David Rose, librarian at UNFPA, reported on his current project -- the
creation of a full-text database of UNFPA's project and technical
publications on CD-ROM. As libraries are increasingly pressured to
de-emphasize printed materials in favor of electronic documents, the
CD-ROM project will be moving a step toward that end. In addition to
preserving institutional memory, the CD-ROM will allow user-friendly
electronic access to the many UNFPA project publications, even the most
obscure ones such as the UNFPA-funded post-genocidal demographic survey in
Rwanda. It will also serve to promulgate and thereby generate investments
in UNFPA's projects.
There is a great need for both preservation and promotion of UNFPA
project outputs and better access to them. Over two thousand programs
worldwide have been funded by UNFPA, yet much of the project and
evaluation information is fading into obscurity because it is not widely
disseminated. It has been difficult to answer questions about which
reports are on what project, what the projects were about, and so
on. It has also been difficult to get printed copies of reports. The
CD-ROM project, created for "enduring historical significance"
and for a world audience, will provide the full reports in PDF format.
The CD-ROM will be easily replicated and widely disseminated, thus
enhancing UNFPA's programming and evaluation activities.
The prototype of this Project and Technical Publications (PTP) CD-ROM
offers easy to use point-and-click navigation. It is designed for a broad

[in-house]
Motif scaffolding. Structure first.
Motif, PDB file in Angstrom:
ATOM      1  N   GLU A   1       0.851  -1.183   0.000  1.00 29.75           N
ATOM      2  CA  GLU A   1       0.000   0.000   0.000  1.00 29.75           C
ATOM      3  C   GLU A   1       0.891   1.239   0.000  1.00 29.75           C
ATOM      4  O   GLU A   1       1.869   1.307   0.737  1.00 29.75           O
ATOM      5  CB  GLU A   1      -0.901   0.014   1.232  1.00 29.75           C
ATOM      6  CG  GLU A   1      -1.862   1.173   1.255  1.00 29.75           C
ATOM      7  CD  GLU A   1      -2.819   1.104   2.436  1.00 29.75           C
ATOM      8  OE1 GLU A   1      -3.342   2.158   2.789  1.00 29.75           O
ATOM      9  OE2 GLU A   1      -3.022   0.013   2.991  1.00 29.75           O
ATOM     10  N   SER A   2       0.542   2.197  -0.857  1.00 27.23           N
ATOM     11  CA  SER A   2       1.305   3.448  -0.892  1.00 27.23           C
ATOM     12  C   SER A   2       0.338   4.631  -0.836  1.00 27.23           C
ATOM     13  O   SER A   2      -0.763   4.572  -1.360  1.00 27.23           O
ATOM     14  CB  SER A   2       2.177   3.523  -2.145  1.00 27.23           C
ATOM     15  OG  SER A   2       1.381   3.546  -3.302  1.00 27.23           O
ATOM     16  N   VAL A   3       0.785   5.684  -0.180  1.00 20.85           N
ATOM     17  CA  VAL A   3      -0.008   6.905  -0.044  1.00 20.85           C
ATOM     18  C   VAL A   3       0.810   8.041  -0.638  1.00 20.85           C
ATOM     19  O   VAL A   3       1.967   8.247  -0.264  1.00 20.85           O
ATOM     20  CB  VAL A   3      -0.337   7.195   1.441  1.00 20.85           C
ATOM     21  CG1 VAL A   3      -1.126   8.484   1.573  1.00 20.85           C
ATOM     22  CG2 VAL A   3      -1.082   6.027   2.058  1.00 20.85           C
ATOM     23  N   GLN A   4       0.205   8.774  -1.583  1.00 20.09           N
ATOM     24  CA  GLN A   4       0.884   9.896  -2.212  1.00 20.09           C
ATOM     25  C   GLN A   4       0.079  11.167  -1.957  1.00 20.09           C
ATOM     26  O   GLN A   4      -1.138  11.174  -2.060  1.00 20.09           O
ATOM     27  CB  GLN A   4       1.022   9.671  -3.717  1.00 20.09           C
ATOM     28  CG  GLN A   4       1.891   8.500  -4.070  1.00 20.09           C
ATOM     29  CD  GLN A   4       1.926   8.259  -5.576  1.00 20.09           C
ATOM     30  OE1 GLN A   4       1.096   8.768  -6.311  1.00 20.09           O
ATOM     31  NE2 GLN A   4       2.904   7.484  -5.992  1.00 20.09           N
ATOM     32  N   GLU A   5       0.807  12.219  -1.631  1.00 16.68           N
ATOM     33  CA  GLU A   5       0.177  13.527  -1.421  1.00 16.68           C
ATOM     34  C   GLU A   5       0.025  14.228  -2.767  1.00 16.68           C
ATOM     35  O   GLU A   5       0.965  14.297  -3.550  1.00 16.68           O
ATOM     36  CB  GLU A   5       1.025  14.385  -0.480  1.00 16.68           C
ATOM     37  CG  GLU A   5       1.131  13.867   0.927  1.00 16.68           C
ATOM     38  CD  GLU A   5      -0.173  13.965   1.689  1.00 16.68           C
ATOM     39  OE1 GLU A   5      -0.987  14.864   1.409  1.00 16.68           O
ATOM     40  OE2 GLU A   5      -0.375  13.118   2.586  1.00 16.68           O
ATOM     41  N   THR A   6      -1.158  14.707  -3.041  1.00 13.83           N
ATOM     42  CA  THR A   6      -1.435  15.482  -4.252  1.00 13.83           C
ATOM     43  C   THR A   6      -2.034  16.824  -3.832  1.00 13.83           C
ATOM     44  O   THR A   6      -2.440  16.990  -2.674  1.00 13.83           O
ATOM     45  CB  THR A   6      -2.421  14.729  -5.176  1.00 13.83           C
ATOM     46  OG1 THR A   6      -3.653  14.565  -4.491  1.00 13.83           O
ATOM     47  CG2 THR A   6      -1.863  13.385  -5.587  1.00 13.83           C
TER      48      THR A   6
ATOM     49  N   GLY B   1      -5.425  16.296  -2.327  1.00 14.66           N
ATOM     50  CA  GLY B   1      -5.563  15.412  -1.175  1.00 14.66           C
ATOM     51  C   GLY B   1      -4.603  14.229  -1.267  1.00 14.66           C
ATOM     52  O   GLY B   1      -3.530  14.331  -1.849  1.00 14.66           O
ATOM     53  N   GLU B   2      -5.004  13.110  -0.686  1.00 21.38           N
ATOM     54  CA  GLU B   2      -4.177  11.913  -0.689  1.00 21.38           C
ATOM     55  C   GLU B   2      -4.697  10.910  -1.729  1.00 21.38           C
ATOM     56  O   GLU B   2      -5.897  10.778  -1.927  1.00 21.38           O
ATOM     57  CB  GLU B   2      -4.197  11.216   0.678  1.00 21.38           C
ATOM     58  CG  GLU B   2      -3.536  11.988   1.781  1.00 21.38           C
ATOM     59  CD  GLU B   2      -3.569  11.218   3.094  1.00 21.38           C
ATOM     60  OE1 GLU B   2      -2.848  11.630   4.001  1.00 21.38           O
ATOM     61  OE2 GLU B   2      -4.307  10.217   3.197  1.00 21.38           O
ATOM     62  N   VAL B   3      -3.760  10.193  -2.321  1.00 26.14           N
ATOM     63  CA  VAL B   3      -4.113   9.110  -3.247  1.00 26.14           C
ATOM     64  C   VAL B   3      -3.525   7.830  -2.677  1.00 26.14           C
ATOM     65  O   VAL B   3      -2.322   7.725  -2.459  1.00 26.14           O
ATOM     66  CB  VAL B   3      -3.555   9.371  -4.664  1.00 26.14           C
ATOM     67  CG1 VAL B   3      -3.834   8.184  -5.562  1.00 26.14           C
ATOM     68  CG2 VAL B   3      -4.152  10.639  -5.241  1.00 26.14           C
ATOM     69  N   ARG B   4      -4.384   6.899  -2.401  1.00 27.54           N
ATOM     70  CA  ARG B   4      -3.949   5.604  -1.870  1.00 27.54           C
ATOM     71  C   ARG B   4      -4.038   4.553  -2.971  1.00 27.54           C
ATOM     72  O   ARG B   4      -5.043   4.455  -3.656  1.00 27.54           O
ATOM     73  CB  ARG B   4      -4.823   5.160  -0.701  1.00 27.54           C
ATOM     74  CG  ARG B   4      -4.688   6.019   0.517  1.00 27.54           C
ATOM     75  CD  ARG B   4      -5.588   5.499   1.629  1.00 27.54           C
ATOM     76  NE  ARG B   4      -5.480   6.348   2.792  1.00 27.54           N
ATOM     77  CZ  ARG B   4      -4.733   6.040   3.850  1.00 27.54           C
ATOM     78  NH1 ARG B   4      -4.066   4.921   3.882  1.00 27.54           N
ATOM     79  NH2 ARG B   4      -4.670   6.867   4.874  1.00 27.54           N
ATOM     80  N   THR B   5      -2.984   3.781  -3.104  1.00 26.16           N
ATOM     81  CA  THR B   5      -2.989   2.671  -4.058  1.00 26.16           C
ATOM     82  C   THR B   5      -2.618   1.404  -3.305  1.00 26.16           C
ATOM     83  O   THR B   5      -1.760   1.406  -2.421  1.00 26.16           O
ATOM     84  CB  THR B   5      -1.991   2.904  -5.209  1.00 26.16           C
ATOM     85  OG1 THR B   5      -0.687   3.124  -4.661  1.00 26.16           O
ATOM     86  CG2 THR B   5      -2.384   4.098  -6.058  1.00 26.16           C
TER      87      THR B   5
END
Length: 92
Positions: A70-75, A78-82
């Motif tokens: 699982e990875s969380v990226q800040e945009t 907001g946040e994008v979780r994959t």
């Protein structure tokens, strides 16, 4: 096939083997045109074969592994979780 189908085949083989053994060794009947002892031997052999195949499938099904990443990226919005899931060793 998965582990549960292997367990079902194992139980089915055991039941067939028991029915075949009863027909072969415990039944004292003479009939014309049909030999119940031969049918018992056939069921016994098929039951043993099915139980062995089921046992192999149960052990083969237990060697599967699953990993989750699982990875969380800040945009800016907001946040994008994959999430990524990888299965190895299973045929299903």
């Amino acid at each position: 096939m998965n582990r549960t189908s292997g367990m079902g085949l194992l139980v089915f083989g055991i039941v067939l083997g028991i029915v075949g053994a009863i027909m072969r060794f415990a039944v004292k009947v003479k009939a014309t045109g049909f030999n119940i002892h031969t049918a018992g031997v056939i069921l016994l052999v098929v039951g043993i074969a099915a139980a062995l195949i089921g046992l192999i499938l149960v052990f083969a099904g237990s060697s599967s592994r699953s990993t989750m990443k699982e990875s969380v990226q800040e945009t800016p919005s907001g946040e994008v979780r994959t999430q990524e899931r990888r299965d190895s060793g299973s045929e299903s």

user spectrum -- the assumption being that the user population would not
be accustomed to working with electronic information and document systems,
and that the concepts of searching, retrieving, and viewing results would
be unfamiliar to them. In other words, the design makes it very easy to
use. Unlike classic CD-ROM databases that can be difficult to learn
and do not necessarily produce results, the PTP CD-ROM is easy to use and
doesn’t permit zero hits. Installation will be simple, and because of
its construction with the freely distributed Adobe Acrobat Reader,
licensing fees will not be an issue.
There are some limitations to this CD-ROM that are unavoidable. Where a
CD-ROM database that has imbedded, multiple indexing offers more powerful
searching and retrieval, such as POPLINE on disk, a point-and-click Adobe
Acrobat design allows retrieval from only one level at a time. The
document collection cannot be too large either. It has also been hard to
implement the disk construction within Adobe where there are many
individual links that have to be built in. The complex structure
must be built with great care. At this testing stage, David Rose is
looking for feedback and input to see how useful the project will become,
and therefore cannot predict where it is going. But it certainly is an
idea whose time has come!